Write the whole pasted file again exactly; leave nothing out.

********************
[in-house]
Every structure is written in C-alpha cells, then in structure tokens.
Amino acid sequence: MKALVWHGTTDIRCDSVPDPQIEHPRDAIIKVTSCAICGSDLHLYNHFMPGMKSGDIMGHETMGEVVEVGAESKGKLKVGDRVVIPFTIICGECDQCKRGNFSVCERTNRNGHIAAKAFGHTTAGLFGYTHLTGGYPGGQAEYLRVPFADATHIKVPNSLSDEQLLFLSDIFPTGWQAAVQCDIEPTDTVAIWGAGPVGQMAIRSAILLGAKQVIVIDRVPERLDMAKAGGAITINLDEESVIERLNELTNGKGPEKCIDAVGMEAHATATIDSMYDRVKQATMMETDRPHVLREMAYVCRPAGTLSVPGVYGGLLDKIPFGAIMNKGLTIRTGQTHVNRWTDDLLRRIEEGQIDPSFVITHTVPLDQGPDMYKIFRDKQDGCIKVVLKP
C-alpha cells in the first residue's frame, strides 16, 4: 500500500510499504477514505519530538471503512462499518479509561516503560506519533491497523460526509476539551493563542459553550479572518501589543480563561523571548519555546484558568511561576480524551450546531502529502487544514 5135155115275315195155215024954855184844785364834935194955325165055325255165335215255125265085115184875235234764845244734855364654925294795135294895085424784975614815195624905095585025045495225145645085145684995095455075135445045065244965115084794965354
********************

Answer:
[in-house]
Every structure is written in C-alpha cells, then in structure tokens.
Amino acid sequence: MKALVWHGTTDIRCDSVPDPQIEHPRDAIIKVTSCAICGSDLHLYNHFMPGMKSGDIMGHETMGEVVEVGAESKGKLKVGDRVVIPFTIICGECDQCKRGNFSVCERTNRNGHIAAKAFGHTTAGLFGYTHLTGGYPGGQAEYLRVPFADATHIKVPNSLSDEQLLFLSDIFPTGWQAAVQCDIEPTDTVAIWGAGPVGQMAIRSAILLGAKQVIVIDRVPERLDMAKAGGAITINLDEESVIERLNELTNGKGPEKCIDAVGMEAHATATIDSMYDRVKQATMMETDRPHVLREMAYVCRPAGTLSVPGVYGGLLDKIPFGAIMNKGLTIRTGQTHVNRWTDDLLRRIEEGQIDPSFVITHTVPLDQGPDMYKIFRDKQDGCIKVVLKP
C-alpha cells in the first residue's frame, strides 16, 4: 500500500510499504477514505519530538471503512462499518479509561516503560506519533491497523460526509476539551493563542459553550479572518501589543480563561523571548519555546484558568511561576480524551450546531502529502487544514 5135155115275315195155215024954855184844785364834935194955325165055325255165335215255125265085115184875235234764845244734855364654925294795135294895085424784975614815195624905095585025045495225145645085145684995095455075135445045065244965115084794965354